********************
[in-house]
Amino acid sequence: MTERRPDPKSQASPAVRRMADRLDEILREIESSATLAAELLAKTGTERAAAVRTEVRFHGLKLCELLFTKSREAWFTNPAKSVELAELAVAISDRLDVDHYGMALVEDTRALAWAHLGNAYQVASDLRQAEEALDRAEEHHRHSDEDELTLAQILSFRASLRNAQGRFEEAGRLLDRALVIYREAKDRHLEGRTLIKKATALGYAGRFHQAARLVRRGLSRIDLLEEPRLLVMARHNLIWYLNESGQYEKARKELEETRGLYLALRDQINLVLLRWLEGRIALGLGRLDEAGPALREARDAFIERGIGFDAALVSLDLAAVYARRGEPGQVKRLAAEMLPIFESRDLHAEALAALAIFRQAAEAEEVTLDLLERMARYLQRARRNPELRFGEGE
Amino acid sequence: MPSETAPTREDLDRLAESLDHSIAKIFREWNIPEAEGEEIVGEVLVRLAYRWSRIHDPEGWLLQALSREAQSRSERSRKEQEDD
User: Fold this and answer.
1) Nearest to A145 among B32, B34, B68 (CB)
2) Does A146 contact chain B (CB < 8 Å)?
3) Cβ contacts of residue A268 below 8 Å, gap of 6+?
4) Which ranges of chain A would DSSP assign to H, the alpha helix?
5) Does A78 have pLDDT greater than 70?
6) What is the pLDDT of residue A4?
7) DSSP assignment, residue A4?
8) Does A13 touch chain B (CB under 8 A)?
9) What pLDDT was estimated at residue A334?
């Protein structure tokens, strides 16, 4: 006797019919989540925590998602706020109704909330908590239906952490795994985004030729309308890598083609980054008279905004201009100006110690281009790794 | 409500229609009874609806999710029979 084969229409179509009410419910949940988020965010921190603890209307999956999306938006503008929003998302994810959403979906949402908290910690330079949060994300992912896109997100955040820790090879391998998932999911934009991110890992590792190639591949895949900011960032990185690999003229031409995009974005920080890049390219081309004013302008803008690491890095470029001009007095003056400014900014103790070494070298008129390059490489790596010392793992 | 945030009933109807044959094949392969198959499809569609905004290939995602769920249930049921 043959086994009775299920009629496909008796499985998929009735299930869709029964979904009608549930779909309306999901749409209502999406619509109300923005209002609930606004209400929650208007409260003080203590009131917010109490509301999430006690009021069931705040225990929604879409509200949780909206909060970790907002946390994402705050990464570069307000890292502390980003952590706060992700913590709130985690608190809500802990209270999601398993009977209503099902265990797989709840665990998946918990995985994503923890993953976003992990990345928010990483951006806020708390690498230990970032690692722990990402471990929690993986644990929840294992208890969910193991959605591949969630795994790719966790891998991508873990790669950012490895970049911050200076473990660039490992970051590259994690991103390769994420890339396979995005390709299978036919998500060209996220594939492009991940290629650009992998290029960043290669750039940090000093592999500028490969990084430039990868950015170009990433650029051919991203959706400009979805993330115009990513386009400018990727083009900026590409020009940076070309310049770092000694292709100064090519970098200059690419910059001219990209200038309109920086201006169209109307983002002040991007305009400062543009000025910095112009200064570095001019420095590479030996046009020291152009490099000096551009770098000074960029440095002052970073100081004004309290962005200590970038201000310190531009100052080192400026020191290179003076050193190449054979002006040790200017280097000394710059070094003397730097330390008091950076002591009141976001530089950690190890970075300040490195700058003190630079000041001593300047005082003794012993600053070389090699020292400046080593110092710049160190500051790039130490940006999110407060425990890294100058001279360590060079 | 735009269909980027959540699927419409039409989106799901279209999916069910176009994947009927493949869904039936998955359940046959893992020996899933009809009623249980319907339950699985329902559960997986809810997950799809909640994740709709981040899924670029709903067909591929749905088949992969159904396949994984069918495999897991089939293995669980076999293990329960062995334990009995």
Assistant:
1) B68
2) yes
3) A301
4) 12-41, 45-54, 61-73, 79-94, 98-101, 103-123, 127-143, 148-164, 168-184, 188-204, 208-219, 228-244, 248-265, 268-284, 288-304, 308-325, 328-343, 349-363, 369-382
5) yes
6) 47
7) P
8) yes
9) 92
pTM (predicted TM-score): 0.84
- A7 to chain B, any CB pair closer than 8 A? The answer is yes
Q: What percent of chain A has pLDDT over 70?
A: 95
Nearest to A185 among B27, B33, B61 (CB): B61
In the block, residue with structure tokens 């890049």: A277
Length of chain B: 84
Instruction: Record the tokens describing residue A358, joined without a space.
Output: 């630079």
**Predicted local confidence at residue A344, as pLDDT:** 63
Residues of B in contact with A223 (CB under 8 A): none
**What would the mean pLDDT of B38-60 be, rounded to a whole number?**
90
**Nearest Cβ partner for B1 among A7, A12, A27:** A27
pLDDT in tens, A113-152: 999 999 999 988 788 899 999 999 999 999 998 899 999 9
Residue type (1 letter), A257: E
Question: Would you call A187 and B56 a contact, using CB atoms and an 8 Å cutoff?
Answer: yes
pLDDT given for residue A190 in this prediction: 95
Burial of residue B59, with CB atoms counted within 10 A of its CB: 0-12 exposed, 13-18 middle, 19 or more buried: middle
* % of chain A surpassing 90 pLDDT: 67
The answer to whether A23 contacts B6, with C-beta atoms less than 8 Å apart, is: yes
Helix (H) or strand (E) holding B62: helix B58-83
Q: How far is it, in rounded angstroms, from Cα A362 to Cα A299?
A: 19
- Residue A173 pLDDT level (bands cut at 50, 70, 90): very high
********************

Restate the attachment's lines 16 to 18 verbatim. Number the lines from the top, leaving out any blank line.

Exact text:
1) B68
2) yes
3) A301